Author | Adam M. Brufsky, MD, PhD

Articles

Some Excitement, Some Disappointment

July 15, 2015

For breast cancer specialists, much of the excitement at ASCO revolved around the emerging field of checkpoint inhibition in breast cancer and other tumors; however, there were four non-checkpoint presentations in breast cancer that also proved provocative.

Lymphedema Prevention and Early Intervention: A Worthy Goal

March 12, 2012

The etiology and risk factors of breast cancer–related lymphedema (BCRL) are multifactorial and not fully understood.

The Role of Bisphosphonates in the Adjuvant Setting for Breast Cancer

May 15, 2010

Bone health is a critical issue in the management of women with breast cancer. Many women who develop breast cancer are postmenopausal, which already predisposes them to osteoporosis. Systemic treatments for breast cancer, including chemotherapy and endocrine therapy, decrease circulating levels of estrogen in both pre- and postmenopausal women, further accelerating the natural process of bone loss. The primary concern in breast cancer patients is that this accelerated bone loss, known as cancer treatment–induced bone loss (CTIBL), will lead to an increase in fractures, chronic pain, and loss of mobility. Bisphosphonates are highly effective at slowing the rate of bone loss in postmenopausal women with osteoporosis and at preventing skeletal-related events in women with metastatic breast cancer. Many studies are now focusing on the role of bisphosphonates in preventing CTIBL in the adjuvant setting. Both oral and intravenous bisphosphonates have shown promising activity in preventing CTIBL in patients receiving chemotherapy or hormonal therapy. In addition, emerging data indicate that the use of bisphosphonates in the adjuvant setting may prevent disease recurrence and prolong survival. Data from a number of ongoing trials will further elucidate the role of bisphosphonates in the adjuvant setting over the next few years.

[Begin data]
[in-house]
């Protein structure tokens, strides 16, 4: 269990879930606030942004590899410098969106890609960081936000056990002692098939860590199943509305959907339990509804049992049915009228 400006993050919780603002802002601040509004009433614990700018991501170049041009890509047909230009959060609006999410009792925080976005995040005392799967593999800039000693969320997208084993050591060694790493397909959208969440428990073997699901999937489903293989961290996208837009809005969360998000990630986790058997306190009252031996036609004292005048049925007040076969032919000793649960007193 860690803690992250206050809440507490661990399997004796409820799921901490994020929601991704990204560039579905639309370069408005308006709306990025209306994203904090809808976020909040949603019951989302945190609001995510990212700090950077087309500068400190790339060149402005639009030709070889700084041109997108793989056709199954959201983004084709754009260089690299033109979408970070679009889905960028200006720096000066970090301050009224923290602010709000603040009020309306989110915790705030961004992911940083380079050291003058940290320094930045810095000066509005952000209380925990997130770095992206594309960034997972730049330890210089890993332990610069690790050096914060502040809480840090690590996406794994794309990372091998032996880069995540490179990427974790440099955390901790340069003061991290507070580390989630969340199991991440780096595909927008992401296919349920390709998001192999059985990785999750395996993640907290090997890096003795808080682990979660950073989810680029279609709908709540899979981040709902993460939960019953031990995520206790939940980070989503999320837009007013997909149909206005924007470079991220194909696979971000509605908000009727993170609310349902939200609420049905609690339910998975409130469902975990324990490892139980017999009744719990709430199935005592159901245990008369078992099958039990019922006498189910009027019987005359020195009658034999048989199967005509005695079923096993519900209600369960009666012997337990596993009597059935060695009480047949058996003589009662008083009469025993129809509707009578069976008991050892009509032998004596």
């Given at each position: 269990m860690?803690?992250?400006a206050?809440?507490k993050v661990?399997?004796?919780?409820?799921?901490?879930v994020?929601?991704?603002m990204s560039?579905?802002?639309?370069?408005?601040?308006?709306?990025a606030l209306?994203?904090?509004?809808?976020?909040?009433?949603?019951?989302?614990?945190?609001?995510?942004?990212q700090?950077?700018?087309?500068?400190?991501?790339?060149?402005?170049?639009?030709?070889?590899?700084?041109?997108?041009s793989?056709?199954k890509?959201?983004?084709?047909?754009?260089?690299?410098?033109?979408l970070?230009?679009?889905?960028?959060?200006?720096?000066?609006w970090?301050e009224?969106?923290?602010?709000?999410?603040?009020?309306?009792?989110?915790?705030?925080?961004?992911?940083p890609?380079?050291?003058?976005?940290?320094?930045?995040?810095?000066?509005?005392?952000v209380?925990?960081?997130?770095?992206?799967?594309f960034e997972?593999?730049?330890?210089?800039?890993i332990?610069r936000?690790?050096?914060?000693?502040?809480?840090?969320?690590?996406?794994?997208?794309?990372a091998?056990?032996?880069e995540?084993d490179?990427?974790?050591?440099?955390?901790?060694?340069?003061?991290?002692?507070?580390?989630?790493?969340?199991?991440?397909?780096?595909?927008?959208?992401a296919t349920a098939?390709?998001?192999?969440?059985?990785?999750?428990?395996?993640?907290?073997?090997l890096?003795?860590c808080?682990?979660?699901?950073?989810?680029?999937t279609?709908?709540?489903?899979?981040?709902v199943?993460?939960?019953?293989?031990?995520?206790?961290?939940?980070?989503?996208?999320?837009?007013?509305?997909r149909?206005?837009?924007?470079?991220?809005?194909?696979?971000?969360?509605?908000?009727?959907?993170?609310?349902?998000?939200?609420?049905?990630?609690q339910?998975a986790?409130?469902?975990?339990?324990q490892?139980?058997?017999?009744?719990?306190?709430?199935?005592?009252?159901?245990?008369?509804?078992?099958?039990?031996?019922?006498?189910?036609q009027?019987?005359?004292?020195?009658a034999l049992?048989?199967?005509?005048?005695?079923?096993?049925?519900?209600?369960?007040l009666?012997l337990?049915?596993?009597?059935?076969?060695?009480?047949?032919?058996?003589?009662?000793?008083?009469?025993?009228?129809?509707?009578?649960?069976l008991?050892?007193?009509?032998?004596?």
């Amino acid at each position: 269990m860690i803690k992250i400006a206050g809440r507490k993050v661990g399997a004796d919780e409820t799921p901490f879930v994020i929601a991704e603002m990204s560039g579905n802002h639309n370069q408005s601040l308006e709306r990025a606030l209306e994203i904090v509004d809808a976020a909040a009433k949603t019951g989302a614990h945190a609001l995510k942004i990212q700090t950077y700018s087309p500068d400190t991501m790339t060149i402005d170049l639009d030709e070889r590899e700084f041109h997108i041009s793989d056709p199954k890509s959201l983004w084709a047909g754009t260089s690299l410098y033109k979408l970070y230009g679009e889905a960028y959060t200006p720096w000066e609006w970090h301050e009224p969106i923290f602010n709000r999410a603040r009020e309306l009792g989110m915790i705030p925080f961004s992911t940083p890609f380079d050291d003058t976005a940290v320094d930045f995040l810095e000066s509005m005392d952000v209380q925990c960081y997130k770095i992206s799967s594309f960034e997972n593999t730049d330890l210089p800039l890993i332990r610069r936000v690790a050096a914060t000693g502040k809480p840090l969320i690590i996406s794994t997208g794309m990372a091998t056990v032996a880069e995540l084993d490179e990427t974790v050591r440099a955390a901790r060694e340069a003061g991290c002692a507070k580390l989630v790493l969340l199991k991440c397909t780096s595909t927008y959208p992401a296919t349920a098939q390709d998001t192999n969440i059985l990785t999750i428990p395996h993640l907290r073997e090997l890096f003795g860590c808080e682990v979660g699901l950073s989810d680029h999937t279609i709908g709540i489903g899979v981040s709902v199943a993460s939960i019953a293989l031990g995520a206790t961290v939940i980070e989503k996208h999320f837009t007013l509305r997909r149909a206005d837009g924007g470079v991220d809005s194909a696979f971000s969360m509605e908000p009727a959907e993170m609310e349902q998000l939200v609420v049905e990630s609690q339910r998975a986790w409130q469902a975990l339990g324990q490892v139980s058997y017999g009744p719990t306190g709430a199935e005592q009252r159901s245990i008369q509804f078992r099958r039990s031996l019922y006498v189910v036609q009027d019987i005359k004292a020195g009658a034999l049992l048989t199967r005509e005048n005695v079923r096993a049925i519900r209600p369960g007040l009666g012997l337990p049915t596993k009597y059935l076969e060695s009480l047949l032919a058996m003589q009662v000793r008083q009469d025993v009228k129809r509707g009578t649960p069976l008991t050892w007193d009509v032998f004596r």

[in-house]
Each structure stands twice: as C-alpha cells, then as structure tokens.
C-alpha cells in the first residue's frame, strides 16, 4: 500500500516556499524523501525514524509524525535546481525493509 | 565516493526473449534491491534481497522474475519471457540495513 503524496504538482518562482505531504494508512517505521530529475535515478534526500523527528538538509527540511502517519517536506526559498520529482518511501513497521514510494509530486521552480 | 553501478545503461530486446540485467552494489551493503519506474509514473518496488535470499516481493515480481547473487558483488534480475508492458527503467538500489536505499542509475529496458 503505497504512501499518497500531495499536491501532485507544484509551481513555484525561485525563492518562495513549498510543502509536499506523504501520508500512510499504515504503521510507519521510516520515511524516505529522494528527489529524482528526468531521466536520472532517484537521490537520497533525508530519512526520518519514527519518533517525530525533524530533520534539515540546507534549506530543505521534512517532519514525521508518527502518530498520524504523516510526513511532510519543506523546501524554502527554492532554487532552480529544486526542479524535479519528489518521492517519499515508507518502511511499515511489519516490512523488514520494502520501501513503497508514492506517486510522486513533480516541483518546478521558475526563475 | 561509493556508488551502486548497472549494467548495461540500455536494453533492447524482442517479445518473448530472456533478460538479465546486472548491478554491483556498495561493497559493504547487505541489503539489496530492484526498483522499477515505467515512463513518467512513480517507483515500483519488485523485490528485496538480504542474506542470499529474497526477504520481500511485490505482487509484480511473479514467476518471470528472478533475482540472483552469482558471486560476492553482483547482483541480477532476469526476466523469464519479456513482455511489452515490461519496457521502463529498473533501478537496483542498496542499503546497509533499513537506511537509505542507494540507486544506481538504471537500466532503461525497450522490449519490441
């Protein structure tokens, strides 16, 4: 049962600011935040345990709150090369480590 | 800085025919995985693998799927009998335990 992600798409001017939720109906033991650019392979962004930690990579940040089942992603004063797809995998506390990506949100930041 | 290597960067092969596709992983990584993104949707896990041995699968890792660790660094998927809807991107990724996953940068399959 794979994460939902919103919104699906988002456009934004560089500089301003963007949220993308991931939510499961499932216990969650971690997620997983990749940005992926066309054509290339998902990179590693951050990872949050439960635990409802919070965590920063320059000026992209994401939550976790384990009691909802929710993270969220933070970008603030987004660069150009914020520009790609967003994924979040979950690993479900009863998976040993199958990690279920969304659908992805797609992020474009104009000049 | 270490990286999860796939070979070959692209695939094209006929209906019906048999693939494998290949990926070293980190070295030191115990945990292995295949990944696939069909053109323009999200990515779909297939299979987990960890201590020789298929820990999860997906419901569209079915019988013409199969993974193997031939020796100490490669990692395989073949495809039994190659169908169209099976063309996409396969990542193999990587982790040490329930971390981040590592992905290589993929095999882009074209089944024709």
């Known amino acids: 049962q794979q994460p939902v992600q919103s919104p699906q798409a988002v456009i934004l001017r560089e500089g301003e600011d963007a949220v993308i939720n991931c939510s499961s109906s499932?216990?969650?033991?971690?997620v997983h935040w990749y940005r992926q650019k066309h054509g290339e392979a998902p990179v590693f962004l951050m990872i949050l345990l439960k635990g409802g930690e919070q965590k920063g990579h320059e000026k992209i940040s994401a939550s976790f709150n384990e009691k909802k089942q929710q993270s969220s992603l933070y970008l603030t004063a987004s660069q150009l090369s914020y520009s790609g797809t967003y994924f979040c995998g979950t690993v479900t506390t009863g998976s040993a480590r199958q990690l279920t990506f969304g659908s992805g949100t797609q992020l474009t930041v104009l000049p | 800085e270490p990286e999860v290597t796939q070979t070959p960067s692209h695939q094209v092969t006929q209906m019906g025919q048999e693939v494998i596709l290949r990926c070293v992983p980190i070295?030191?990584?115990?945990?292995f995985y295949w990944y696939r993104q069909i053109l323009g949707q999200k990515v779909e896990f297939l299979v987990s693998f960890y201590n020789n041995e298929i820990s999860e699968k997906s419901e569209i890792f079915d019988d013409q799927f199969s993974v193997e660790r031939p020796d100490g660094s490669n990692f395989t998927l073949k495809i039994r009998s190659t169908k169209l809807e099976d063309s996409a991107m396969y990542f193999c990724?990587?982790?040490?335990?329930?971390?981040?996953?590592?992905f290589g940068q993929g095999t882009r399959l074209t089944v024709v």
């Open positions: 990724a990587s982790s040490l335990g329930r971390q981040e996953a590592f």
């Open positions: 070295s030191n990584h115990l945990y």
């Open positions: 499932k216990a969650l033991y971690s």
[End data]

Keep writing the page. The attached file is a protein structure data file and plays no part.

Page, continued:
Bevacizumab in Breast Cancer: The Best Is Yet to Come?

April 09, 2009

Based on preclinical data, antiangiogeneic therapy for cancer is both logical and rational. Tumors secrete proangiogenic factors, and the design of agents that target these factors has great potential to add to and in some cases replace cytotoxic chemotherapy.